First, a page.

And I'm not saying that white people, or any people, shouldn't listen to any kind of music they wish to listen to but that there's a difference between loving something and trying to own it or control it.

GARCIA-NAVARRO: Your characters are collectors, but they don't make art themselves. So what do you think the responsibility of the curator is?

KUNZRU: I think you have to be very alive to the possibility that you're using these objects to tell a story that's your story rather than the story that actually is there. When you think about the blues, the taste for the blues that we have now is really largely formed by a group of collectors in New York in the '40s and '50s.

And these guys had a particular feeling about what was good about this music, and it was all about outsiders, and it was all about the slightly mythical, diabolical figure who goes down to the crossroads and sells his soul to the devil to play guitar. And actually, that has a lot to do with their own desires and their own feelings about otherness, perhaps. So as a curator, I think you need to be alive to the possibility that you're actually distorting things sometimes with your love and passion.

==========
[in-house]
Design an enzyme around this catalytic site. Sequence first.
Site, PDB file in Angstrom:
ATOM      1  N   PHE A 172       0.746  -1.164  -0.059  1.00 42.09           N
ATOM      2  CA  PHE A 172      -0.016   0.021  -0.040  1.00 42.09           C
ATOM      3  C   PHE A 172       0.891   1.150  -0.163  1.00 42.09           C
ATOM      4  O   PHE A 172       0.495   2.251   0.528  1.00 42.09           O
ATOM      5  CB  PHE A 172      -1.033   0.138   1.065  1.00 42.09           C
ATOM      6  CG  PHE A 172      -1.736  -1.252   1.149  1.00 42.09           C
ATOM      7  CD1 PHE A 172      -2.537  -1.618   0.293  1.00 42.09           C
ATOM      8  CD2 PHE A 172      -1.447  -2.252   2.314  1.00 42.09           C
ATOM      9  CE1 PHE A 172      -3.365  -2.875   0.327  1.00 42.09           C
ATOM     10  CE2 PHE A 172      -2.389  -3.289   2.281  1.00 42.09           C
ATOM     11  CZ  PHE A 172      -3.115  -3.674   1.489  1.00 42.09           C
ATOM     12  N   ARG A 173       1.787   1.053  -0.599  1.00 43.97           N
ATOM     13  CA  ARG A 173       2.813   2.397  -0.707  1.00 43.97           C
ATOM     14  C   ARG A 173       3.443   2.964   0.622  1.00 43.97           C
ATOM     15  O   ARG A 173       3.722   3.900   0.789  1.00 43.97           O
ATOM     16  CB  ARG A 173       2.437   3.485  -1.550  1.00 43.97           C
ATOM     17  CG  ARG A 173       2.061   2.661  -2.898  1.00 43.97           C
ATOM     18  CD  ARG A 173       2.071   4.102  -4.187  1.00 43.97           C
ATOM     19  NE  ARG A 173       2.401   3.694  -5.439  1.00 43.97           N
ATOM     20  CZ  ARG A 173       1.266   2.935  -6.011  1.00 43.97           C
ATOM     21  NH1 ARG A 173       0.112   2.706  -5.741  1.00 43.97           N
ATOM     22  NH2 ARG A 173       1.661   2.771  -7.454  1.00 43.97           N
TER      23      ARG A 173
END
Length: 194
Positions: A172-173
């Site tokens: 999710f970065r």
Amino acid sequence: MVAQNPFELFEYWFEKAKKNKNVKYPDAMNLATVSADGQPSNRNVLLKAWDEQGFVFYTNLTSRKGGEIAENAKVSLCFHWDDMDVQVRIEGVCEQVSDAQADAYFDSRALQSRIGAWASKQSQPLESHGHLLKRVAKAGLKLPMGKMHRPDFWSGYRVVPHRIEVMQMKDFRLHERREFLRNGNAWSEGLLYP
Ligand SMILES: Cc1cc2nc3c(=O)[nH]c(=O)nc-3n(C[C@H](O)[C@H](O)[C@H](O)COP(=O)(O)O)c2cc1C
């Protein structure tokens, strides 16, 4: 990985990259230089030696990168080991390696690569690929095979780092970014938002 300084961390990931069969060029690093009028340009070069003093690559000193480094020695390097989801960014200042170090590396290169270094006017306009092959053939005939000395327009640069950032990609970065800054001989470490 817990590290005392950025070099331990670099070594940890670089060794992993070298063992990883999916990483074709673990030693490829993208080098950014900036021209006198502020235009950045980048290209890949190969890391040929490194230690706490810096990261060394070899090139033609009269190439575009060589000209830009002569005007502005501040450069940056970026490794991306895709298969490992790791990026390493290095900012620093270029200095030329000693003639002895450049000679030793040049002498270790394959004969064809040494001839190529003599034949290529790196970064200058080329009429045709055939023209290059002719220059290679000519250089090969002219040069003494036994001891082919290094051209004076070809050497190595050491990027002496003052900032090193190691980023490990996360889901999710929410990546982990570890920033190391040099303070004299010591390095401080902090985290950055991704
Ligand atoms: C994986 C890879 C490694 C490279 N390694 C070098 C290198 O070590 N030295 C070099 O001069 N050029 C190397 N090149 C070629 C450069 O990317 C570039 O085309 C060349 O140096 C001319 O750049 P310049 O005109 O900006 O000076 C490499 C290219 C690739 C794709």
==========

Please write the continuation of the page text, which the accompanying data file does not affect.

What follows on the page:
GARCIA-NAVARRO: Is that a responsibility that you feel as well? Should there be a limit to what writers write about if they're not directly connected to that specific history?

KUNZRU: Well, I think that's a dangerous route to go down because I think, a priori, no writer should be limited in any way like that. But you have to understand that you can do things well or badly. The question of rights is often brought up when it comes to, should writers be able to write different kinds of characters or people who are distant from them? But - and if you take that to its logical conclusion, everybody would have to just write characters who are exactly like them. I would be in a sort of strange world populated exclusively by mixed race British-Asian guys. And so, you know...

GARCIA-NAVARRO: (Laughter) Sounds like a fun world.

KUNZRU: It's a crazy world, but it's a world of, you know, Eccles. It's a solipsistic world. So what all writers have to try and occupy positions distant from their own. You know, you have to occupy a position of different genders, different ages, different races. You know, in this book, I clearly don't own any of these positions. But also I've tried to approach it, I suppose, with humility. That seems to be a good word. The writers should approach their material with a degree of humility.

GARCIA-NAVARRO: Hari Kunzru's book is called "White Tears." Thank you so much for being with us.

KUNZRU: Well, thank you for having me.

(SOUNDBITE OF SONG, "FUTURE BLUES")

WILLIE BROWN: (Singing) Can't tell my future, and I can't tell my past. Transcript provided by NPR, Copyright NPR.